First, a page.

by Alicia Harris, October 4, 2018
Winter Pool Care Tips
With fall in full swing, many pool owners are closing their pools (if they haven’t already) in preparation for freezing temperatures. If you’re closing the pool on your own, you’re probably already familiar with the basic steps in closing a pool. Once the pool is properly closed for the winter, its maintenance requirements lessen significantly. However, contrary to popular belief, the maintenance doesn’t completely go away once the cover goes on. We’ve put together a short list of simple winter pool care tips to keep your pool clean through the winter season and help make spring opening a breeze.
Don’t Close Too Early, Don’t Open Too Late
Warmer temperatures can spell disaster for water that’s been sitting stagnant. Algae, especially, thrives in warm, still water. If the pool is closed too soon or fall temperatures are warmer than expected, winter chemicals will be used up too quickly trying to fight off microbial growth. On the same note, waiting longer to re-open the pool will allow water quality to deteriorate quickly as the weather gets warmer.
Keep an eye on weather predictions to figure out good closing and opening dates for your pool. The pool should be closed when the daily high temperatures are consistently below 60-65 degrees Fahrenheit, but before temperatures dip below freezing levels at night. Once temperatures start getting consistently warmer (late March to mid-April), go ahead and open the pool again. Try not to wait until the water is nice and warm to take the cover off the pool. Otherwise, you’ll likely have a lot of clean-up work to do. As the saying goes, “An earlier opening is an easier opening!”
Check the Water Once a Month
Even while the pool is closed, you’ll still need to make sure the water stays balanced and chemical levels are where they need to be. Unbalanced water can cause problems with stain and scale, and it can also limit the effectiveness of winter chemicals. The ability to test and balance pool water will depend on whether or not the pool is frozen, so plan accordingly while the water is thawed. If you need to add chemicals (such as extra algaecide or enzymes) in the weeks or months leading up to opening day, use a pool brush to agitate the water and help distribute the chemicals. If adding more, just make sure chlorine content is at 1-3 ppm - high chlorine will make algaecide and enzymes ineffective.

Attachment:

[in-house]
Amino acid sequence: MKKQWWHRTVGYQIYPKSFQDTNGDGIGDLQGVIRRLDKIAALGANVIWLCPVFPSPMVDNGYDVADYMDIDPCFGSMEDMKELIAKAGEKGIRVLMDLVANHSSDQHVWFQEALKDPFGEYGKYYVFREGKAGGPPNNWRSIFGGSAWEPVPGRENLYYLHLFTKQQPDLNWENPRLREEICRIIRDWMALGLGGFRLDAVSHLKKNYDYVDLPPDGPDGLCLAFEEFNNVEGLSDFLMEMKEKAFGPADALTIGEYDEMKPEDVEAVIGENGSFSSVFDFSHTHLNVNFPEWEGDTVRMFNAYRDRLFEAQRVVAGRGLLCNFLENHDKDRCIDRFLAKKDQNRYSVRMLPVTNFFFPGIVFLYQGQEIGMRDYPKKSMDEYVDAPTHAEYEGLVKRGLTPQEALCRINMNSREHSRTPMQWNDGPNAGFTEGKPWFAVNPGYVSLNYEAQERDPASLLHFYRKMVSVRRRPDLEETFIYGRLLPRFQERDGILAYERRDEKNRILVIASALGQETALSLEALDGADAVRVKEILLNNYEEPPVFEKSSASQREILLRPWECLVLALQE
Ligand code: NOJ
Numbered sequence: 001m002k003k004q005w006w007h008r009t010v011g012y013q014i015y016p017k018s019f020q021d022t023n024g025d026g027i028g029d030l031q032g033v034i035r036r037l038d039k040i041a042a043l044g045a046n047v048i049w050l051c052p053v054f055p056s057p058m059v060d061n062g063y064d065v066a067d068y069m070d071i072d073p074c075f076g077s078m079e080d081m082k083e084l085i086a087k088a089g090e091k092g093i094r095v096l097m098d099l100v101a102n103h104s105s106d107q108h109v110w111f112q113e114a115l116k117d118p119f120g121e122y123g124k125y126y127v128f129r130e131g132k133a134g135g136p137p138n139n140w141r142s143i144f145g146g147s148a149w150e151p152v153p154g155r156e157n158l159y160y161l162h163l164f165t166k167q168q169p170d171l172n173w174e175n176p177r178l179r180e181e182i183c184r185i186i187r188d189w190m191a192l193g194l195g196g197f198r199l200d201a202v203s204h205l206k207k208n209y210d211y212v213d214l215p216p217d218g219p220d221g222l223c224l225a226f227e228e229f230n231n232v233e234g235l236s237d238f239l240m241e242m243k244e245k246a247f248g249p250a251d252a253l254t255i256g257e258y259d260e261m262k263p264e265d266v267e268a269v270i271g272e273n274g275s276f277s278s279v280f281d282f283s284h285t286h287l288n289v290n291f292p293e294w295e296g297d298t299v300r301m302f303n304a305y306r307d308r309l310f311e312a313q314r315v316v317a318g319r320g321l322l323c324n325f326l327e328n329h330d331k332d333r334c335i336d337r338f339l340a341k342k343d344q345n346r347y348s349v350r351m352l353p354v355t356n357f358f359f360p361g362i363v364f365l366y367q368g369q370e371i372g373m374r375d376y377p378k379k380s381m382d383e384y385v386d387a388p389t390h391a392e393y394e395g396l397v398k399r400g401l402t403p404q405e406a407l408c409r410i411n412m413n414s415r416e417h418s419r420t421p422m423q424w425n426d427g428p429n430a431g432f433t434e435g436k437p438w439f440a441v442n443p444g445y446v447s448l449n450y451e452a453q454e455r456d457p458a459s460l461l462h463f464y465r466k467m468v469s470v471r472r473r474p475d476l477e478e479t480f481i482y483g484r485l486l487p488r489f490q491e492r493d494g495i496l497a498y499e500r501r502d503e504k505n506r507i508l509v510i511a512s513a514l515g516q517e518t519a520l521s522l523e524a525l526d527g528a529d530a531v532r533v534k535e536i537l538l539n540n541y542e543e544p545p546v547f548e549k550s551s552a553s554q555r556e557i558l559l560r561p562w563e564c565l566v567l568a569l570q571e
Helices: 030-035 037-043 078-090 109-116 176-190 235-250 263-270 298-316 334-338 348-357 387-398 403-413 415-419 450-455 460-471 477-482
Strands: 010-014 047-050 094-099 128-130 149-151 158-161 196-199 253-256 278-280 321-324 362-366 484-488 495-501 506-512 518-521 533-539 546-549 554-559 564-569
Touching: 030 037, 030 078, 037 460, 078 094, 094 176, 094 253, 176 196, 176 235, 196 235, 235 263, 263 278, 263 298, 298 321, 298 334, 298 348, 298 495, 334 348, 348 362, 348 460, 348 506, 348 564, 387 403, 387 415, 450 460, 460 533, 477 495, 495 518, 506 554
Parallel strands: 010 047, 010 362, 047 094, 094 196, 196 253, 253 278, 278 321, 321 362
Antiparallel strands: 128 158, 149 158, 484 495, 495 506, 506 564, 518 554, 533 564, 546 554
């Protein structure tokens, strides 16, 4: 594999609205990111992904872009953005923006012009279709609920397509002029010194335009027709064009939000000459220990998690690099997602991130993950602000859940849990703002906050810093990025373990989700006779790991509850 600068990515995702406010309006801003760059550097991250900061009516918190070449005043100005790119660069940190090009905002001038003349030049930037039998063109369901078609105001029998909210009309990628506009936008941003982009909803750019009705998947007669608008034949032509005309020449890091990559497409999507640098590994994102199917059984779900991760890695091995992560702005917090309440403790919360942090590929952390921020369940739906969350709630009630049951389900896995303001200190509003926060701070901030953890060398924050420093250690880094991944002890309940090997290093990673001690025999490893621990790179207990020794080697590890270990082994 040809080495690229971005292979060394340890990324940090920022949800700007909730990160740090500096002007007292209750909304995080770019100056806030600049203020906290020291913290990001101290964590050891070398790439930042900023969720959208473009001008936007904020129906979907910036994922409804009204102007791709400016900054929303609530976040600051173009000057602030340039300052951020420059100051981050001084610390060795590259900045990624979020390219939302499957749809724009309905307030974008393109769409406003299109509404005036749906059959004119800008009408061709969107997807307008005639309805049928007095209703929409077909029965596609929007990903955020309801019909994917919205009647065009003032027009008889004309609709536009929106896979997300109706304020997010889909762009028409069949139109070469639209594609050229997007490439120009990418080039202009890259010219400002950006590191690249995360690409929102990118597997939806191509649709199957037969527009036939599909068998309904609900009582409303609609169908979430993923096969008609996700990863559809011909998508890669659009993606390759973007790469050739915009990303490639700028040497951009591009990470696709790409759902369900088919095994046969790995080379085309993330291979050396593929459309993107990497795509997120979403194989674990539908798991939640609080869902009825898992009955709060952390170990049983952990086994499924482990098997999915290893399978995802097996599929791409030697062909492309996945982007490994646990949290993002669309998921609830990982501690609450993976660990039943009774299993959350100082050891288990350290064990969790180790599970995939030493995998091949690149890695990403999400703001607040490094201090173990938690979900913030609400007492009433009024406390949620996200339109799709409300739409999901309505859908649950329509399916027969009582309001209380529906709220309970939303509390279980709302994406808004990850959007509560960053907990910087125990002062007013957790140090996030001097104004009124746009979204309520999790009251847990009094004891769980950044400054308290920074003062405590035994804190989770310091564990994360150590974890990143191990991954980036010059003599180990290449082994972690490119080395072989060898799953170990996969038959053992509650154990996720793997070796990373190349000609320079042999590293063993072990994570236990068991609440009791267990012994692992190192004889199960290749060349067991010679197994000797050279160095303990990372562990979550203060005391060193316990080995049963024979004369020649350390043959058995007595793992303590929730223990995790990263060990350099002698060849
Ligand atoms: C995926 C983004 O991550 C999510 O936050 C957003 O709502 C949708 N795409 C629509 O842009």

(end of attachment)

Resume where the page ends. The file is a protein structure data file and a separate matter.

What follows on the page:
Keep track of changes in water level. Make sure there’s not too much water in the pool, which is a common issue with mesh covers in wet winter climates. Also keep an eye out for dropping water levels, which could indicate a pool leak. Left undetected, a bad leak can cause serious pool damage over the winter months. Monitor closely, and add or remove water as necessary to keep winter water levels in the suggested range for your pool.
Keep the Cover Clean and Clear
While you’re monitoring the pool water, check on the cover, too. Debris on the cover should be kept to a minimum, so gently brush, blow, hose or vacuum off any leaves, twigs, dirt, etc. from the cover. A mesh cover will allow water to pass through into the pool, but solid pool covers will need a cover pump to help remove excess rainwater and snowmelt. A cover weighed down by water and debris carries a higher risk of damage or falling into the pool and taking all that dirty water with it. A clean cover will also be easier to remove in the spring without dumping debris into the pool.
Adjust or replace any water weights, air pillows, straps, clips or cables as needed to keep the cover snug and secure - it’s not a bad idea to have a few extras on hand! If the middle of the cover starts sinking deeper into the pool, chances are pretty good that your water level has dropped (see previous tip!). Water levels lower than 18” can put too much stress on the cover and cause it to tear or fall into the pool. Fill the pool as needed, and if the drop was caused by a leak, make plans to get it fixed as soon as possible.
PoolCenter.com has all you need for closing your pool, opening your pool, and every bit of maintenance in between. Our Pool Information Center and Blog are both packed full of helpful “How To” articles, and the Pool Store is stocked with all the parts and supplies you need to properly care for your swimming pool.